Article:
Daddy & Mommy

The (repeat) parents to be were busy this week with home repairs, maintenance and cleaning.  We managed to fix a few unknown issues below the house, organize a few closets and find space for the carload of generous gifts from our holiday break in Virginia.  Of course, this involved taking a load (or two) of items to the dump and goodwill.  Mommy had great intentions of having a super-sized yard sale this summer, but my current mind set is more about keeping 'stuff' out of the house, not holding on to it for another 5-7 months.  Daddy repainted the bathroom cabinets and Mommy washed and organized all of the baby things.  Although Baby Girl's stash of clothing is no where near the wardrobe that Whit boasted before birth, she should still be able to make it through the first 6 weeks of her life without repeating an outfit more than once, not bad for a newborn. Mommy has also begun packing the hospital bag and working on a few other sewing projects that I need to complete before Baby shows up.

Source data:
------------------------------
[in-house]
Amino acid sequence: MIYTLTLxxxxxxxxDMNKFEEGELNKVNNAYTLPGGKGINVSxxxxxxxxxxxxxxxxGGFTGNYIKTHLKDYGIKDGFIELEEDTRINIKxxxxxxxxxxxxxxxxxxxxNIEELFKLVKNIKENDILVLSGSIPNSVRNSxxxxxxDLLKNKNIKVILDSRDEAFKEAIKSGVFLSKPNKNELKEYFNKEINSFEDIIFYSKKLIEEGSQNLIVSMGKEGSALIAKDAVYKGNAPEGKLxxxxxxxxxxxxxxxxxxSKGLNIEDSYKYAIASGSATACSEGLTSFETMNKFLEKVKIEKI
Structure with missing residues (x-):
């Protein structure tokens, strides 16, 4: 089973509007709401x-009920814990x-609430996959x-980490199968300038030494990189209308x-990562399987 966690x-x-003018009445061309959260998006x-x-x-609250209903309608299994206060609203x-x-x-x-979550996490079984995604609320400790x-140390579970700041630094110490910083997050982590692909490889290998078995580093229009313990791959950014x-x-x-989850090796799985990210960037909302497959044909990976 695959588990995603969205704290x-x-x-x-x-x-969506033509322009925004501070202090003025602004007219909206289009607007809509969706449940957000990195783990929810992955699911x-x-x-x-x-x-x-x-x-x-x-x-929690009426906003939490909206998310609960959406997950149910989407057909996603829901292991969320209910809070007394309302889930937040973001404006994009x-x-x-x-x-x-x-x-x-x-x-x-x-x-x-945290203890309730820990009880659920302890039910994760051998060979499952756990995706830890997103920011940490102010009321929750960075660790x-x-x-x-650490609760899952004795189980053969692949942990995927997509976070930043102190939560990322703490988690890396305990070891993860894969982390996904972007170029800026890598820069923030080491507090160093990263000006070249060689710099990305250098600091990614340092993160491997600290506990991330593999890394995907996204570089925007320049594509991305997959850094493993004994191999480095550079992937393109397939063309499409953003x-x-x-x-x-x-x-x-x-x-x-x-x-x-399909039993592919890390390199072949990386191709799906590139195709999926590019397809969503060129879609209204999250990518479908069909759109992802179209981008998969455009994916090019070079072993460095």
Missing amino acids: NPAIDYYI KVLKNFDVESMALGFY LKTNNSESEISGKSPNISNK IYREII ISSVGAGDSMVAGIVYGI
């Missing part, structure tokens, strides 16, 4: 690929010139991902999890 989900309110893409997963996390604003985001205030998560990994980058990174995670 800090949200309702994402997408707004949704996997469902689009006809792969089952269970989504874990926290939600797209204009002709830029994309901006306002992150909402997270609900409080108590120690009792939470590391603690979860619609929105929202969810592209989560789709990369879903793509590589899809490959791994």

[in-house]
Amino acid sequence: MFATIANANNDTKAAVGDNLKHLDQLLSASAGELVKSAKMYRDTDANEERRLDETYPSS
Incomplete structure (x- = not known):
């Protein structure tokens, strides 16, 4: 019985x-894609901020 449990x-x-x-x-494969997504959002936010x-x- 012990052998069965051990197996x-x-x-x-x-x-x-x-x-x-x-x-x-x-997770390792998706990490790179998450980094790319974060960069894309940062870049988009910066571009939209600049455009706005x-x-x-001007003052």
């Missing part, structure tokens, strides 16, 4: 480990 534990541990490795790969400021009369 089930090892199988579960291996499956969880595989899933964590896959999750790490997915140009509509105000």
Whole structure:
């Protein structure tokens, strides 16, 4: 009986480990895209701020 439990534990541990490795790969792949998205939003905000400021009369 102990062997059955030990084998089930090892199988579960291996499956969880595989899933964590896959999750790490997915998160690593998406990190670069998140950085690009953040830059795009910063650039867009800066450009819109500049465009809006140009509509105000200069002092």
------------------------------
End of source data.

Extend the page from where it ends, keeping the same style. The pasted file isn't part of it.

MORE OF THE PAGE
Baby Girl
Baby Girl continues to grow bigger this week which will be her main job until delivery.  At an estimated 3lb 10oz and another 3 to 5 pounds to gain before delivery we are expecting another healthy child between 7 and 9 pounds who likely won't be fitting into the few newborn sized outfits she has.  It's a good thing I decided to pack both newborn and 0-3 month sized clothing in our bag.